Scottish Public Finance Manual

The Scottish Public Finance Manual (SPFM) is issued by the Scottish Ministers to provide guidance on the proper handling and reporting of public funds.

Property acquisition, disposal and management

For advice regarding COVID-19 - please see short-term recommended changes to approval process for operational property transactions


1. This section gives guidance on procedures and safeguards required when handling acquisition, management and disposal of land, buildings and other rights in property. The guidance in this section is also applicable to plant, equipment, machinery and vehicles. It is aimed at all organisations to which the Scottish Public Finance Manual is directly applicable.

2. The principles in the guidance should also be applied, so far as appropriate, by all organisations to which the SPFM is directly applicable in cases where they have an interest in a disposal by a third party e.g. where funding is being provided as part of a financial package involving proceeds from a disposal.

3. There are specific exceptions to this scope (see appendix).

Key points 

  • property holdings should be kept to the minimum required to meet current and planned needs
  • the decision to acquire or dispose of property should be part of an overall strategic plan for the organisation’s needs in accordance with the Scottish Government’s “Estate Strategy – Central Estate"
  • public bodies should consider the disposal of assets at less than Market Value to achieve wider public benefits consistent with the principles of Best Value. This includes considering the disposal of assets to community bodies, where appropriate
  • guidance and support is available to ensure asset disposal options appraisals are comprehensive and the appropriate accounting and reporting is undertaken
  • Accountable Officers have a duty to ensure that the assets for which they are responsible are properly recorded and well managed


4. Assets are either non-current or current assets. Non-current assests are defined as a resource controlled by an organisation as a result of past events and from which future economic benefits are expected to flow to the organisation:

  • non-current assets – property, plant and equipment, intangible or financial assets (investments) – are assets with an expected life of more than one year
  • current assets are cash or other assets which can reasonably be expected to become cash in the normal course of business, including assets held for sale, stocks, debtors, accrued income and payments in advance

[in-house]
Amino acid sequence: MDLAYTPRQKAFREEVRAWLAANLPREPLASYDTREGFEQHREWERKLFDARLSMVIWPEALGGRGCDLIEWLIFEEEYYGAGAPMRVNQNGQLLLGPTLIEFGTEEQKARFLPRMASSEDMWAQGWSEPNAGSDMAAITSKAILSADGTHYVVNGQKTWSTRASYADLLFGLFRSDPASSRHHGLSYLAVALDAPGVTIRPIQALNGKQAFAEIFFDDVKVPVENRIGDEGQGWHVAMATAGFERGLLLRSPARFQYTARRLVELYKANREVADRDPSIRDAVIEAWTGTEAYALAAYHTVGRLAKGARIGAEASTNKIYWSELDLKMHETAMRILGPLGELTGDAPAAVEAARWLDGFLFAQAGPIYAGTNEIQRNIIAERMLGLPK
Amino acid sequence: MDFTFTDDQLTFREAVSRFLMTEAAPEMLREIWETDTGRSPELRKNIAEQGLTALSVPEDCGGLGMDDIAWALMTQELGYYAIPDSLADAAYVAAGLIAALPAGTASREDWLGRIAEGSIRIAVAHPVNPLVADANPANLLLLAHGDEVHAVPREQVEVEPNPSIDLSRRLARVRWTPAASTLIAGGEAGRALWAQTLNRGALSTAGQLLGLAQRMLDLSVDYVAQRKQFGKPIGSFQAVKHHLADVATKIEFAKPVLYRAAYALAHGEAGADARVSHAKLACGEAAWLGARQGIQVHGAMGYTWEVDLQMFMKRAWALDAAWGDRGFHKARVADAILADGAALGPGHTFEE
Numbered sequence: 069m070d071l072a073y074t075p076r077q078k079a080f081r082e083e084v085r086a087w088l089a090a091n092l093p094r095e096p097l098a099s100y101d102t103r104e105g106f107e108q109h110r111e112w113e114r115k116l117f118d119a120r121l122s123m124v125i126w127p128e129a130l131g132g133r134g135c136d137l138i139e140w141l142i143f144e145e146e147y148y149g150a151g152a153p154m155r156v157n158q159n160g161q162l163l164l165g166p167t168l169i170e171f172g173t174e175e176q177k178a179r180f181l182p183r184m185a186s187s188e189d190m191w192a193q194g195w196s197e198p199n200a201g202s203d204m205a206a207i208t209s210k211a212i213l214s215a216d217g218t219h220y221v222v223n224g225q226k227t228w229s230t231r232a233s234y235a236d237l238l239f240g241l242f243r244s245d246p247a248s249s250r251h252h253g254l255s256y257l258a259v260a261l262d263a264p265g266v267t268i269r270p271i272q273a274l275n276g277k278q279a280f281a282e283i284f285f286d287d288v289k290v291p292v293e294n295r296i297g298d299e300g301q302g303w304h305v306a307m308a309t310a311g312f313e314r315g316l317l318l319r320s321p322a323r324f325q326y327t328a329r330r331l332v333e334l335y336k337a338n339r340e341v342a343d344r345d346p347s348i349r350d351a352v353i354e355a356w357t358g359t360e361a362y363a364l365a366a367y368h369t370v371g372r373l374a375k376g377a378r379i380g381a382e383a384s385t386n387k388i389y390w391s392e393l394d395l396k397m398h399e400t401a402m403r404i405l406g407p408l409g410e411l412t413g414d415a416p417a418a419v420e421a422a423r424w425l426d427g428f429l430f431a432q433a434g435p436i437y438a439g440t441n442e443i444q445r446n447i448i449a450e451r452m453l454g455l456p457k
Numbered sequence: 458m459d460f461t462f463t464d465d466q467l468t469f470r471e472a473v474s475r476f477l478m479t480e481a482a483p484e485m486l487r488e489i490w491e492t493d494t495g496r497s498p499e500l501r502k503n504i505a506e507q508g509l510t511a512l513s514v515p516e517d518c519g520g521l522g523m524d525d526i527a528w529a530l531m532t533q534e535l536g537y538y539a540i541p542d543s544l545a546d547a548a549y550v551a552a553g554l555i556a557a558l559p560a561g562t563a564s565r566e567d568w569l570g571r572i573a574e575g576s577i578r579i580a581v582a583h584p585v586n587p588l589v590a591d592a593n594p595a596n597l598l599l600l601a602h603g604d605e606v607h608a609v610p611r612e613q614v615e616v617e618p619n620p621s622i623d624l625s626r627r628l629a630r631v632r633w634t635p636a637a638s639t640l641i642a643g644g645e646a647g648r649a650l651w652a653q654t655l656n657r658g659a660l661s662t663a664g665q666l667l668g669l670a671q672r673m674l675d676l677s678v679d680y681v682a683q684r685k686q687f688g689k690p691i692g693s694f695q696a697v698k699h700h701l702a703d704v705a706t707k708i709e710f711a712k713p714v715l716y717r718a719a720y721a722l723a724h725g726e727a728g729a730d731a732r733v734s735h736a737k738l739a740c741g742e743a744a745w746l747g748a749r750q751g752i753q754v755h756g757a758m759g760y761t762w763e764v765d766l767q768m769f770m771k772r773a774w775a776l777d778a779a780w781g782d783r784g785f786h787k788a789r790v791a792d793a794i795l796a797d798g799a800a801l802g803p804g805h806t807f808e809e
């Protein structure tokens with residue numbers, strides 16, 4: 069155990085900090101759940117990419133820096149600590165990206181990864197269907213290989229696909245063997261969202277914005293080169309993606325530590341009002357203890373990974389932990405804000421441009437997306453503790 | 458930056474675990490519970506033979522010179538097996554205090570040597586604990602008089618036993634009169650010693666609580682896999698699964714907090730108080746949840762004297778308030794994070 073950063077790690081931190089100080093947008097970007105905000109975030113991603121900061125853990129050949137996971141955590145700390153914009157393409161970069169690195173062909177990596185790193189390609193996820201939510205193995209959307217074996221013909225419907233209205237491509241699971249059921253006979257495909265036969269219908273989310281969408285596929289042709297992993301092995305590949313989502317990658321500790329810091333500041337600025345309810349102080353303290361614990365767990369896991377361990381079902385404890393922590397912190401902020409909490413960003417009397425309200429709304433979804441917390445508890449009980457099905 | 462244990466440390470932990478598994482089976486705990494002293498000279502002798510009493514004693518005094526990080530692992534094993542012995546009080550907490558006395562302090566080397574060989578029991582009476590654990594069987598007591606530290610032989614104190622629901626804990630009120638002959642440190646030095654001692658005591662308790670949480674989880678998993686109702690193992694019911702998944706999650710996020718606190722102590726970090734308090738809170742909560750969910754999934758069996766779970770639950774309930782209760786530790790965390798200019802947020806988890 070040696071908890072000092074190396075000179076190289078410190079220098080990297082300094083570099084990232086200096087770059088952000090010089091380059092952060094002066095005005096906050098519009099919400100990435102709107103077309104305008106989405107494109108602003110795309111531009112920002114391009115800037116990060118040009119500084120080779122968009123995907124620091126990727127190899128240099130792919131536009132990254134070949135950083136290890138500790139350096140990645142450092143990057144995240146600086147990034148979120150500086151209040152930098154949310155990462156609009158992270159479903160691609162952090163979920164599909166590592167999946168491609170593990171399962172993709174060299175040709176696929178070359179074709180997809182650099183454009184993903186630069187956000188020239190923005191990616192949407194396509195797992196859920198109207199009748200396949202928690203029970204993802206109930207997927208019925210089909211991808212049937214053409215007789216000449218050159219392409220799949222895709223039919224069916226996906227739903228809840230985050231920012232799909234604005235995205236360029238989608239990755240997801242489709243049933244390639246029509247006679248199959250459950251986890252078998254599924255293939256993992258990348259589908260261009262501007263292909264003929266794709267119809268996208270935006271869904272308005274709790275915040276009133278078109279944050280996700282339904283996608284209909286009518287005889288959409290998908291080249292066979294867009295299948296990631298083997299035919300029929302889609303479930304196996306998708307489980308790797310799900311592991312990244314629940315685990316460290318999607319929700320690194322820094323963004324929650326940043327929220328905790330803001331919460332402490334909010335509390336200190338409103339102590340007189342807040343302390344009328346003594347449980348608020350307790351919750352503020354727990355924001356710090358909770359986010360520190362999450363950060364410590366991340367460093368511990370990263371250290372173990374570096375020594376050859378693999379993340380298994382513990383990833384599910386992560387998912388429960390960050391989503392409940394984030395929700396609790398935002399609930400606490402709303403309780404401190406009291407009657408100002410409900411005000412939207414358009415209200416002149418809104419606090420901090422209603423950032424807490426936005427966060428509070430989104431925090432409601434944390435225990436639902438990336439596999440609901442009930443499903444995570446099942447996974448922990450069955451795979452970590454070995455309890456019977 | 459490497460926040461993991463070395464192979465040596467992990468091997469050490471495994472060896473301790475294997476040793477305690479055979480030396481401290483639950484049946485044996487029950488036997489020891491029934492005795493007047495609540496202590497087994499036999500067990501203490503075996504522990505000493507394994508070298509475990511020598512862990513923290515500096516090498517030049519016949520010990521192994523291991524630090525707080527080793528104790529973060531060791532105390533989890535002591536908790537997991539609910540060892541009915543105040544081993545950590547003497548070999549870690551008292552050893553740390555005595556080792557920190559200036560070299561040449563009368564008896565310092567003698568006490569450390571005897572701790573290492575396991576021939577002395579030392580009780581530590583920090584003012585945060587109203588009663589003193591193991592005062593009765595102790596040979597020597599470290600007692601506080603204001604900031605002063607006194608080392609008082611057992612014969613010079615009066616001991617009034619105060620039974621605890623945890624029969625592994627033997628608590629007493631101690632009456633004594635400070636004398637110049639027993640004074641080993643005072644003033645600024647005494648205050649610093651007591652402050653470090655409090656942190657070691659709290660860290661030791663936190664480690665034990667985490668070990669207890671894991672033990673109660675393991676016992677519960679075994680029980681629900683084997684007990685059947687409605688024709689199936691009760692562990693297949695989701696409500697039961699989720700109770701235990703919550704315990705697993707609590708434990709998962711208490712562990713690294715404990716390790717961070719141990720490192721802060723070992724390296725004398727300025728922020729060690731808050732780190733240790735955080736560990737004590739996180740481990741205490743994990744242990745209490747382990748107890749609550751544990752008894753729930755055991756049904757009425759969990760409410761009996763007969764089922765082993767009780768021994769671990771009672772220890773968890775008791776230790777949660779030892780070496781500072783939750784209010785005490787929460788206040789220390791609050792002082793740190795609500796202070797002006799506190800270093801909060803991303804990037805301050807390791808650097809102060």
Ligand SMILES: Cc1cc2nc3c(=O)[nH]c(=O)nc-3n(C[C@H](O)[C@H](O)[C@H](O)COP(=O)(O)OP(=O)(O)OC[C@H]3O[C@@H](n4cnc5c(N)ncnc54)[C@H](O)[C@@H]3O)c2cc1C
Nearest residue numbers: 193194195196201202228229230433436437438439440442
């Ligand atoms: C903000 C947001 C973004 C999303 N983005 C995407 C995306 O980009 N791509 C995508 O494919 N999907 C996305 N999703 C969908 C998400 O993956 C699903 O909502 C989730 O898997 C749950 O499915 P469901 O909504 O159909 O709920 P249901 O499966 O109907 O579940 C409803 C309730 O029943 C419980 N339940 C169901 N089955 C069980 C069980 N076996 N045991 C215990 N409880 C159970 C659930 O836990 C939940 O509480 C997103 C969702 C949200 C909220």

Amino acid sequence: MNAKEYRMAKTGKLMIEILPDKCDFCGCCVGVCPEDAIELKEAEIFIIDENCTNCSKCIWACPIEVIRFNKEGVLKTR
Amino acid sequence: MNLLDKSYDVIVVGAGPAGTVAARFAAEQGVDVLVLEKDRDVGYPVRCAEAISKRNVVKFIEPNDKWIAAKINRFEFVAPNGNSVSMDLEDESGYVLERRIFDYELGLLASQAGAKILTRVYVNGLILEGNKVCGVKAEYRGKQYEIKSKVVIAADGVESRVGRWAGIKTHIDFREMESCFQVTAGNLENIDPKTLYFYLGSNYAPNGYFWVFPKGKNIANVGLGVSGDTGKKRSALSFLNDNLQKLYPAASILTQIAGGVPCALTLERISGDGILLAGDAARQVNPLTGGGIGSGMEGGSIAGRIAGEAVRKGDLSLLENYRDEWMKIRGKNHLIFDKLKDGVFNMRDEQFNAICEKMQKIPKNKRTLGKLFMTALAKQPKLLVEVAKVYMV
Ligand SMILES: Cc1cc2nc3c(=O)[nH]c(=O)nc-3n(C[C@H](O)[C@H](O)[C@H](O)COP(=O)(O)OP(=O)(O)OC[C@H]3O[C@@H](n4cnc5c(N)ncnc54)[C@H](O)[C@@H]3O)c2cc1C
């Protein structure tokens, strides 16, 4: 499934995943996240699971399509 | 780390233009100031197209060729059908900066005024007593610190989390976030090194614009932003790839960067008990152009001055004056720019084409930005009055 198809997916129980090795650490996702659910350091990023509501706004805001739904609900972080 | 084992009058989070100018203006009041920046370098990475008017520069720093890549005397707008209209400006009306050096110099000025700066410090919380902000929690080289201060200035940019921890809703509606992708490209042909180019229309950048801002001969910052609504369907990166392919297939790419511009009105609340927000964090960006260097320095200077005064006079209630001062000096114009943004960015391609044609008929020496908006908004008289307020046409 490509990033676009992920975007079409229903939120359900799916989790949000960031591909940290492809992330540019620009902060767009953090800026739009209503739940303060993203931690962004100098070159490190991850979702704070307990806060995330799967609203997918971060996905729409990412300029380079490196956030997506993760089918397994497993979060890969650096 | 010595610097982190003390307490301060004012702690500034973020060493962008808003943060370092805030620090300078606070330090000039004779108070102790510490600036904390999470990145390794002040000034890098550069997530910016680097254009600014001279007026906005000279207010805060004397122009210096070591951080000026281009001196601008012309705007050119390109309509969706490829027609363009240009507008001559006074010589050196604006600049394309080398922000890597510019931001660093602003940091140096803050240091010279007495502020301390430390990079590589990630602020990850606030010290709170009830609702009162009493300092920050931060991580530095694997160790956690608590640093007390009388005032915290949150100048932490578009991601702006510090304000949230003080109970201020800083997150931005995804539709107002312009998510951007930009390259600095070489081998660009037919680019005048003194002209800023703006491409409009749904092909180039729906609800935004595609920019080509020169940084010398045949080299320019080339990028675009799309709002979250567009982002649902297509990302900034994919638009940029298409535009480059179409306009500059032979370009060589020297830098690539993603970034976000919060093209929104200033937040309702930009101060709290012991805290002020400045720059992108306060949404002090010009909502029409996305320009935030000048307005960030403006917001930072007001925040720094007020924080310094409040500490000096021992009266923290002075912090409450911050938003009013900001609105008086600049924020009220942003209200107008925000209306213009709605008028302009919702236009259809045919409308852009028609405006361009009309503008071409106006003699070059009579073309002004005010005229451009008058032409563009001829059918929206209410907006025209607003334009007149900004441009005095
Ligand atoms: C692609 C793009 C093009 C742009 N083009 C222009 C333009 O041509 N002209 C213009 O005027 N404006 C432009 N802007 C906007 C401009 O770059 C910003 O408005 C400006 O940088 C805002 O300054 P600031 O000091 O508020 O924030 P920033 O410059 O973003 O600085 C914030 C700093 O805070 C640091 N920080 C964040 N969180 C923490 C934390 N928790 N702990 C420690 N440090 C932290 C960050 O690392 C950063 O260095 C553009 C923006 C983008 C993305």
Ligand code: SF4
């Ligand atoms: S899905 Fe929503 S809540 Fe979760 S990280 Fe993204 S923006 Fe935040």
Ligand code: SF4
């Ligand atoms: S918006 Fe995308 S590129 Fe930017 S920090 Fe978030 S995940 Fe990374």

5. The acquisition of property usually necessitates an initial capital outlay but normally also leads to longer term financial commitment. There is scope for substantial financial loss if such transactions are not handled properly.

6. Ministers remain clear that, in considering future office accommodation needs, the presumption should be in favour of suitable solutions from within the Government estate.

7. Accountable Officers have a duty to ensure that the assets for which they are responsible such as land, buildings or other property – including stores and equipment – are properly and well managed. Robust systems should be put in place to ensure that the accuracy and integrity of information held on registers, databases and inventories is safeguarded and readily available for inspection.

8. The Corporate Reporting Division within the SG Directorate for Financial Management maintains the asset register for the core SG but relevant business areas are responsible for the management of their assets and for providing information to ensure that the register is accurate and up to date. Relevant business areas are also responsible for maintaining local asset and investment registers, records of attractive items and systems for the management of stores and equipment. All other bodies to whom this guidance applies are required to maintain their own asset registers. 

General principles

9. The Scottish Ministers’ policy is that property holdings should be kept to a minimum. The decision to acquire a property should be part of an overall strategic plan for the organisation's needs. Property commitments, whether purchases, leases or any other form of agreement can be very expensive to reverse. Before acquiring any additional property, options for satisfying the requirement from within the Government estate must be fully considered. In generating strategic asset management and implementation plans, organisations should consider the Scottish Government’s “Estate Strategy – Central Estate”. 

10. Holdings of property, plant and equipment should be kept under regular review, using the electronic Property Information Mapping System (ePIMS) or the organisations own robust asset management system as appropriate. Once surplus assets have been identified they should be sold as quickly as possible, subject to value for money considerations.

11. To achieve value for money for surplus assets organisations should either:

  1. obtain the best possible price on the open market, or
  2. dispose of an asset at less than Market Value to deliver wider public benefits consistent with the principles of Best Value, or
  3. transfer under the Guidelines for the Transfer of Property within the Scottish Public Sector.

12. To ensure that value for money is achieved and that high standards of propriety and transparency are maintained, staff and advisers must be carefully supervised and clear separation of responsibilities kept between the valuation and disposal processes. When evaluating options for the treatment of surplus assets, consideration of the disposal of assets to community bodies should be included, where appropriate. This consideration should be consistent with the principles of Best Value, where wider public benefits may be achieved.